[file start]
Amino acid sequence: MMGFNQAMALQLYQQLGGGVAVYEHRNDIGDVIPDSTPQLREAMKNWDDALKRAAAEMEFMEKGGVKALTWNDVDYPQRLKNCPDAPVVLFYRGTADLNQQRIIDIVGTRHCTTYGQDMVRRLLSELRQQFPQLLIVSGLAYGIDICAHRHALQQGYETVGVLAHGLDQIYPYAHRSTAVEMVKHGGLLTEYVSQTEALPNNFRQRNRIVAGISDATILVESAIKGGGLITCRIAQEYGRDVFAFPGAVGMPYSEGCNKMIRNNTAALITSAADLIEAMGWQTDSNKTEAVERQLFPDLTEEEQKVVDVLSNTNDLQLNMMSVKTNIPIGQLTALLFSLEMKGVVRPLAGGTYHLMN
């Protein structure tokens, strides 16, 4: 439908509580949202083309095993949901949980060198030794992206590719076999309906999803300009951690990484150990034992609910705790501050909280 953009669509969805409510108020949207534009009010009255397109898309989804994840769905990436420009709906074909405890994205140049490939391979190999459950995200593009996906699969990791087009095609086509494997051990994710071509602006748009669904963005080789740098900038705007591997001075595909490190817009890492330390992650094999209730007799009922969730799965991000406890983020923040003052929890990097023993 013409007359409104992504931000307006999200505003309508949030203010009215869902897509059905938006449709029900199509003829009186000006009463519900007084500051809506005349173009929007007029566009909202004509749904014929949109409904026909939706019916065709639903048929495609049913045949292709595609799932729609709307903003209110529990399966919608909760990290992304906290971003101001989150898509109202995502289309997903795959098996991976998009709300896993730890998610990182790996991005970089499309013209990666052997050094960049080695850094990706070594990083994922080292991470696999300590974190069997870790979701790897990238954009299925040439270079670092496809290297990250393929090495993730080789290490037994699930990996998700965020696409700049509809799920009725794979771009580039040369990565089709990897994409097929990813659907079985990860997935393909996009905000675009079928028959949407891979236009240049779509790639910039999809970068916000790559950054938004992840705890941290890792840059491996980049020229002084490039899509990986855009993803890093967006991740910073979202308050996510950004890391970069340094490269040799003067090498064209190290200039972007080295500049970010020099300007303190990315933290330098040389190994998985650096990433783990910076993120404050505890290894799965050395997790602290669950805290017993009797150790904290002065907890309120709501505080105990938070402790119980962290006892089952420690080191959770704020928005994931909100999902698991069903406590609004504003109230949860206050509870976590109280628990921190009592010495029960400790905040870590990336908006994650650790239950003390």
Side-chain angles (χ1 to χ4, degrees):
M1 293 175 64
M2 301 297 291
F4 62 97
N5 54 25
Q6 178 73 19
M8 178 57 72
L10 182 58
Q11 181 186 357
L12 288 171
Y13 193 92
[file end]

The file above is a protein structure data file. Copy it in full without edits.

Amino acid sequence: MMGFNQAMALQLYQQLGGGVAVYEHRNDIGDVIPDSTPQLREAMKNWDDALKRAAAEMEFMEKGGVKALTWNDVDYPQRLKNCPDAPVVLFYRGTADLNQQRIIDIVGTRHCTTYGQDMVRRLLSELRQQFPQLLIVSGLAYGIDICAHRHALQQGYETVGVLAHGLDQIYPYAHRSTAVEMVKHGGLLTEYVSQTEALPNNFRQRNRIVAGISDATILVESAIKGGGLITCRIAQEYGRDVFAFPGAVGMPYSEGCNKMIRNNTAALITSAADLIEAMGWQTDSNKTEAVERQLFPDLTEEEQKVVDVLSNTNDLQLNMMSVKTNIPIGQLTALLFSLEMKGVVRPLAGGTYHLMN
């Protein structure tokens, strides 16, 4: 439908509580949202083309095993949901949980060198030794992206590719076999309906999803300009951690990484150990034992609910705790501050909280 953009669509969805409510108020949207534009009010009255397109898309989804994840769905990436420009709906074909405890994205140049490939391979190999459950995200593009996906699969990791087009095609086509494997051990994710071509602006748009669904963005080789740098900038705007591997001075595909490190817009890492330390992650094999209730007799009922969730799965991000406890983020923040003052929890990097023993 013409007359409104992504931000307006999200505003309508949030203010009215869902897509059905938006449709029900199509003829009186000006009463519900007084500051809506005349173009929007007029566009909202004509749904014929949109409904026909939706019916065709639903048929495609049913045949292709595609799932729609709307903003209110529990399966919608909760990290992304906290971003101001989150898509109202995502289309997903795959098996991976998009709300896993730890998610990182790996991005970089499309013209990666052997050094960049080695850094990706070594990083994922080292991470696999300590974190069997870790979701790897990238954009299925040439270079670092496809290297990250393929090495993730080789290490037994699930990996998700965020696409700049509809799920009725794979771009580039040369990565089709990897994409097929990813659907079985990860997935393909996009905000675009079928028959949407891979236009240049779509790639910039999809970068916000790559950054938004992840705890941290890792840059491996980049020229002084490039899509990986855009993803890093967006991740910073979202308050996510950004890391970069340094490269040799003067090498064209190290200039972007080295500049970010020099300007303190990315933290330098040389190994998985650096990433783990910076993120404050505890290894799965050395997790602290669950805290017993009797150790904290002065907890309120709501505080105990938070402790119980962290006892089952420690080191959770704020928005994931909100999902698991069903406590609004504003109230949860206050509870976590109280628990921190009592010495029960400790905040870590990336908006994650650790239950003390």
Side-chain angles (χ1 to χ4, degrees):
M1 293 175 64
M2 301 297 291
F4 62 97
N5 54 25
Q6 178 73 19
M8 178 57 72
L10 182 58
Q11 181 186 357
L12 288 171
Y13 193 92